SCH was defined as a TSH concentration exceeding the trimester-specific reference value in combination with a normal FT4 concentration. OH was defined as a TSH concentration exceeding the trimester-specific reference value in combination with a decreased FT4 concentration. Pregnant women with normal TSH and FT4 levels were considered to be euthyroid and served as control subjects. Some women with SCH or OH were treated with LT4. For LT4 treatment, the initial dose of LT4 was 50 μg and the LT4 dose was considered to be adequate when serum TSH was 3.0 mIU/L during the remaining time of pregnancy. The subsequent testing results were absent in the patients achieving serum 3.0 mIU/L for the censor of these patients in the follow-up.

Definition of maternal and foetal outcomes

All participants underwent monthly antenatal examinations during gestation and delivery until they were discharged from the hospital. Maternal and perinatal outcomes based on specific guidelines were recorded during this period.

Premature delivery was defined as the delivery before the end of 37th week of gestational age. Apgar score was determined by evaluating the new-born on five simple criteria on a scale from zero to two and summing up the five values.

The resulting Apgar score ranges from zero to ten. The five criteria are appearance, pulse, grimace, activity, and respiration.

Statistical analysis

All data are expressed as means ± standard deviations or numbers and percentages. Statistical analysis was performed using the SPSS 16.0 software. Student’s t-test or One-way ANOVA was used to compare continuous variables (body weight, TSH and FT4 concentrations) and the chi-squared test was used to compare categorical measures (maternal and perinatal outcomes). Univariate and multivariate logistic regression models were built to model the relationship between outcomes and one or more independent variables, respectively. P<0.05 was considered to be statistically significant.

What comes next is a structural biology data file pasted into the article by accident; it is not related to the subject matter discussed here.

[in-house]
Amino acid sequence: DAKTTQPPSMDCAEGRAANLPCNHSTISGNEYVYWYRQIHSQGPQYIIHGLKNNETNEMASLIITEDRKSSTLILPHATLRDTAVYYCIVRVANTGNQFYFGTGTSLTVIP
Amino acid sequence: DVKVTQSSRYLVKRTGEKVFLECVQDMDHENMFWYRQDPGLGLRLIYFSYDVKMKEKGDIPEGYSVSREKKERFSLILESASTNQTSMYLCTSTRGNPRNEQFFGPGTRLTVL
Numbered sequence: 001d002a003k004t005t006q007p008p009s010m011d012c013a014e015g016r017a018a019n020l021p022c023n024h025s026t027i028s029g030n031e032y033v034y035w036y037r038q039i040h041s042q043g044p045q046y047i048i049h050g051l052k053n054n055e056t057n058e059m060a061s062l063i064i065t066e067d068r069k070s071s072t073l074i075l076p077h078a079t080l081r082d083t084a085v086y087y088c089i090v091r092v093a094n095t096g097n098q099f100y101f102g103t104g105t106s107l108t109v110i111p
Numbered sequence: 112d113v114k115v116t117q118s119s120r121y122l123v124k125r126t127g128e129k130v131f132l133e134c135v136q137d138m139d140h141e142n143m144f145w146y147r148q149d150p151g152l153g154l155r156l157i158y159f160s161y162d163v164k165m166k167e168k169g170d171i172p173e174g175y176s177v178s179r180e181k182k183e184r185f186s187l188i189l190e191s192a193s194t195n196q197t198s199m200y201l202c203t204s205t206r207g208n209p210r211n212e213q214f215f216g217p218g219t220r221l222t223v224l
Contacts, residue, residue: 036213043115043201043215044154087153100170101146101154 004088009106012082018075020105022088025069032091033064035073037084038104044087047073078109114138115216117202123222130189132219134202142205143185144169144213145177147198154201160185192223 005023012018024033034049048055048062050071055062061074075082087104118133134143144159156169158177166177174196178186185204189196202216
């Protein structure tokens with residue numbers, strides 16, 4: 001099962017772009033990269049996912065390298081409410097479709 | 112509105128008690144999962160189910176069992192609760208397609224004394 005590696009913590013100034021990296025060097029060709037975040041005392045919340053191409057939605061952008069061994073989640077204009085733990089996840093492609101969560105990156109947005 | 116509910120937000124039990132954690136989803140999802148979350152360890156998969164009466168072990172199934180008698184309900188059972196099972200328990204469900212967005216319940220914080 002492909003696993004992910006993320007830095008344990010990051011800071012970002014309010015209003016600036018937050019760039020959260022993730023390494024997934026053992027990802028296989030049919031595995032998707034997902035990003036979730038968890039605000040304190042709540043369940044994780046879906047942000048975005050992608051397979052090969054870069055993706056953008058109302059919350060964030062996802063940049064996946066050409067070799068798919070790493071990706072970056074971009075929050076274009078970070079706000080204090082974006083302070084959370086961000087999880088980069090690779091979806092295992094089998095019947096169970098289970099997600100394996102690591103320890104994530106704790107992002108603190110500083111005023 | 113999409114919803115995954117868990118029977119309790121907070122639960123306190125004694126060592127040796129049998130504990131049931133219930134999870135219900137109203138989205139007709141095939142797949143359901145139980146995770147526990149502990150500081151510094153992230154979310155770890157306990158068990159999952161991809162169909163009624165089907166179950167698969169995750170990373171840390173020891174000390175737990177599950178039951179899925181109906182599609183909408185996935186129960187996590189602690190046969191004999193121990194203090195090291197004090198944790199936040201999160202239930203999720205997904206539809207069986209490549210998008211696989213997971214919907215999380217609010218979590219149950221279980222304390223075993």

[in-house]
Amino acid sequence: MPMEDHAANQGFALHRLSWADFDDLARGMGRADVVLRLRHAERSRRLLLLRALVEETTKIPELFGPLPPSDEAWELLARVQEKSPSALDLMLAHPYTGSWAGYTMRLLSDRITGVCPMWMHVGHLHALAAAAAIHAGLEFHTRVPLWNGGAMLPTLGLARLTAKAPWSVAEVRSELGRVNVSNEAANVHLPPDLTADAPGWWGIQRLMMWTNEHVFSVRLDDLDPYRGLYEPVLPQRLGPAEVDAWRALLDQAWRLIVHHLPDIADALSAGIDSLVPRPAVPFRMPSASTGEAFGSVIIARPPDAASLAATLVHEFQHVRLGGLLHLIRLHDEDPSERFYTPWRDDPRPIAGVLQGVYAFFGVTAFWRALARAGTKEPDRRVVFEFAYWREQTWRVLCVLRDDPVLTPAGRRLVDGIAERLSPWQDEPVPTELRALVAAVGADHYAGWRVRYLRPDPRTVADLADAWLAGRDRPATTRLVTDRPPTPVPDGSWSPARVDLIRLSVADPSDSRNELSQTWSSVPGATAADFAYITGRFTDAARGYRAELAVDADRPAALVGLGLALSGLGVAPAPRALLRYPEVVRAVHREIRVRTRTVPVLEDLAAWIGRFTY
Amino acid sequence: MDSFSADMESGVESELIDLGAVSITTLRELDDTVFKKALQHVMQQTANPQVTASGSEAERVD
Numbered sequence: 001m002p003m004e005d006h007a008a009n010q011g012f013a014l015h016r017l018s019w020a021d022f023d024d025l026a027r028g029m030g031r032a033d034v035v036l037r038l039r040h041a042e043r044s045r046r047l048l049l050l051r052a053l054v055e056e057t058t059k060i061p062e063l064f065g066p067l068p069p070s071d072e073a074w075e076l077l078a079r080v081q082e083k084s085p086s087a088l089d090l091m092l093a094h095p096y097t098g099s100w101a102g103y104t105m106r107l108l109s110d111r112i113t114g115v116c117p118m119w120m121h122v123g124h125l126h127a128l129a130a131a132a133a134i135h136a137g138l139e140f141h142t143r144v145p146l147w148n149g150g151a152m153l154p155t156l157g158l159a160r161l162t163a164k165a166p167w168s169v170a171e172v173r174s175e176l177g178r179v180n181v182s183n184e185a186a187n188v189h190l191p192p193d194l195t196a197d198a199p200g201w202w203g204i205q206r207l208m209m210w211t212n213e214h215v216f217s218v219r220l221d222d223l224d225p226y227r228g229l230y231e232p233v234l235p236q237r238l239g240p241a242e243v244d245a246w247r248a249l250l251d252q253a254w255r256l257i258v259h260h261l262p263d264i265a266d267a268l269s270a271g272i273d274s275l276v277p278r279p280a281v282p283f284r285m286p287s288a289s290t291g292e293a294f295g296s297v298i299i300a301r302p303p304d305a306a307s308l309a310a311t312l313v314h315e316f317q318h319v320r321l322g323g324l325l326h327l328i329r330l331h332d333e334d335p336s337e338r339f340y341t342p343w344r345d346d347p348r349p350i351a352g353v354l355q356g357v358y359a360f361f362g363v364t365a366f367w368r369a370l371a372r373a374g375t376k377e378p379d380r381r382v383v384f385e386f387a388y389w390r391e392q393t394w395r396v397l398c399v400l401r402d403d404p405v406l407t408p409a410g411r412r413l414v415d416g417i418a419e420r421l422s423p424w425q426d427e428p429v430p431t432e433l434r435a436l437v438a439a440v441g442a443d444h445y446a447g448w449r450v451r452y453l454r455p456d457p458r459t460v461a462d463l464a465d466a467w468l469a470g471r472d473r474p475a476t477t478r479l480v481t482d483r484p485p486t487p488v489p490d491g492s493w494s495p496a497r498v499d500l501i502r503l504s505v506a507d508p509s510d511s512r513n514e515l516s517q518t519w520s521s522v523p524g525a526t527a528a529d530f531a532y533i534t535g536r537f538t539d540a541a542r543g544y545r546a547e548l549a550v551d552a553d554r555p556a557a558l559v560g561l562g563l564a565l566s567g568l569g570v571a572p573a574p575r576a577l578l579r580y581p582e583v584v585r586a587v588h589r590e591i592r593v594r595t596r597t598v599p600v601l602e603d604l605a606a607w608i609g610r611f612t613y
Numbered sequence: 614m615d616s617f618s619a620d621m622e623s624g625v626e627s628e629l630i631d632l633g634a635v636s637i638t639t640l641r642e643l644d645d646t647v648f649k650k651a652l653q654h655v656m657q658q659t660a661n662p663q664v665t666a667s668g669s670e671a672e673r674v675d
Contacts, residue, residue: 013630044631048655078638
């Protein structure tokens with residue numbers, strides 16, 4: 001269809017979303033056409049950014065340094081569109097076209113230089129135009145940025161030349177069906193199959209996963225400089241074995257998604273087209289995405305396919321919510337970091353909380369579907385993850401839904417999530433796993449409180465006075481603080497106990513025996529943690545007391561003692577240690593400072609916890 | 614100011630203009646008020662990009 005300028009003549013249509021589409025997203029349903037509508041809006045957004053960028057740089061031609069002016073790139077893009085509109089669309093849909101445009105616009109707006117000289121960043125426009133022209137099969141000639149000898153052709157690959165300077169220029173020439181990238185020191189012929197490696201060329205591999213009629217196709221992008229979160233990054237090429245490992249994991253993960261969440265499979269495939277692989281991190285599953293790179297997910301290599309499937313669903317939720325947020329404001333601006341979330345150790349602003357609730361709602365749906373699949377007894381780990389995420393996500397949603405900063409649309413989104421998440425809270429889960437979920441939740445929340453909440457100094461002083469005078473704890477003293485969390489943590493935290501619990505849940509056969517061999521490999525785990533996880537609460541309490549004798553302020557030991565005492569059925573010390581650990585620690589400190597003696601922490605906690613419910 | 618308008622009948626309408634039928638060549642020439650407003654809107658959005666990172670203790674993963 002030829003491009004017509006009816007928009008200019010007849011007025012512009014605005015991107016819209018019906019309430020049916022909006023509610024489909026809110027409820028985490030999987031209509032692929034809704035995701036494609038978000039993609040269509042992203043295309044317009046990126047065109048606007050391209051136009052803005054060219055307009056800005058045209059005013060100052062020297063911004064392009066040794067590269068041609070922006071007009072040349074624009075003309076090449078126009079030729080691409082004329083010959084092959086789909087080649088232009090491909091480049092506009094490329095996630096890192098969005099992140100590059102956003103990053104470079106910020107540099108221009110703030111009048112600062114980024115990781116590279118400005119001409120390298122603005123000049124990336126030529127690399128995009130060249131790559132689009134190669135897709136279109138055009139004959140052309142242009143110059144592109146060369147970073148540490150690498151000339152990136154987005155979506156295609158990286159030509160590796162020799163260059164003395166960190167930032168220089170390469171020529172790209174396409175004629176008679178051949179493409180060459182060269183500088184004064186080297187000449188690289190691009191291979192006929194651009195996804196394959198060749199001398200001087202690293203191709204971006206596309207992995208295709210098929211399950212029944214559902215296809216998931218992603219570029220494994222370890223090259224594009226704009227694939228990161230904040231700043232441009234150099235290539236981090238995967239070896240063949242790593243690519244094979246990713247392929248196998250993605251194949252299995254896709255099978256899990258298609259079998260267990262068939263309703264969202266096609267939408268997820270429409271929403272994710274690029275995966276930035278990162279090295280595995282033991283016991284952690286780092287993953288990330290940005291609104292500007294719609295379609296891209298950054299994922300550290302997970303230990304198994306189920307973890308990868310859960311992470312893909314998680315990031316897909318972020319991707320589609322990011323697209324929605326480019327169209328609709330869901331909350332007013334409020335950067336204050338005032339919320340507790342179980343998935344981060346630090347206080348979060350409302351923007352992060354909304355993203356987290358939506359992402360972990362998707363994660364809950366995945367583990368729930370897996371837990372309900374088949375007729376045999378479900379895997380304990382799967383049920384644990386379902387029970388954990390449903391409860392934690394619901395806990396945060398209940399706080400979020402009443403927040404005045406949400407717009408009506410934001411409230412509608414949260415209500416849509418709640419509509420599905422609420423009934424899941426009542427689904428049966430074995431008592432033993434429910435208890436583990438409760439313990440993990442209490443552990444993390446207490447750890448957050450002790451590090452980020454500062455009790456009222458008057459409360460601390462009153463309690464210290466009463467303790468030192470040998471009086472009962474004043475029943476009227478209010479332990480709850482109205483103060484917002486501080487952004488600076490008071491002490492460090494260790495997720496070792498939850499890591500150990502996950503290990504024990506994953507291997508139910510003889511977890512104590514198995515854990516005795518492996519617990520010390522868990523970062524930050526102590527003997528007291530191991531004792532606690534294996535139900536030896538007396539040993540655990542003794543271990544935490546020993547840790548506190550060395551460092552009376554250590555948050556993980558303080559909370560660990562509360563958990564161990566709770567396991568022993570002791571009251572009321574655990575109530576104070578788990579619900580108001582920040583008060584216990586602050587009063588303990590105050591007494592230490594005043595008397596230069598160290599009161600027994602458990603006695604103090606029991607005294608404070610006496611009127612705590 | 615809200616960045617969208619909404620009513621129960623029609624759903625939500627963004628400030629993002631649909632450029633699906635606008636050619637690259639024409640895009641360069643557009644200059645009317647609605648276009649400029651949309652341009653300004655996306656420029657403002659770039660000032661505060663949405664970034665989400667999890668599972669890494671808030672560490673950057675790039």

Results

Descriptive statistics of study population

The study population consisted of 264 women of whom 12.5% (33/264) had a premature delivery (<37 weeks of gestation). The mean FT4 and TSH levels were 0.92 ± 0.12 ng/dL and 2.50 ± 1.43 mIU/L, respectively, and all the other descriptive statistics were shown in Table 1. The prevalence of TPOAb positivity was 6.0% (16/264), among the TPOAb pregnant women, 2 women had premature delivery.

Characteristic Value
Before Pregnancy BW (kg) 55.9 ± 8.3
After Pregnancy BW (kg) 71.7 ± 9.5
FT4 (ng/dL) 0.92 ± 0.12
TSH (mIU/L) 2.50 ± 1.43
Preterm rate 35/260
Infant BW (kg) 3.46 ± 0.49
Apgar core 9.9 ± 0.5

Table 1. Descriptive statistics of 264 women.

FT4 and TSH levels in normal, SCH, and OH pregnant women

The study population of 264 women was divided into three groups according to the Endocrine Society and American Thyroid Association guidelines.

Results from Figure 1 showed that the FT4 levels in SCH group were significantly higher than that in normal group, and the FT4 levels in OH group were significantly lower than that in normal group (Figure 1A); the TSH levels from SCH and OH group were both significantly higher than that in control group (Figure 1B).

biomedres-pregnant-women

Figure 1: FT4 and TSH levels in normal, SCH, and OH pregnant women. (A) Levels of FT4 were compared among Normal, SCH, and OH pregnant women. (B) Levels of TSH were compared among Normal, SCH, and OH pregnant women. SCH, subclinical hypothyroidism; OH, overt hypothyroidism. Significant differences among groups were indicated as *P<0.05, ***P<0.001 (One-Way ANOVA followed by Bonferroni's multiple comparison test).

SCH, OH, and the risk of premature delivery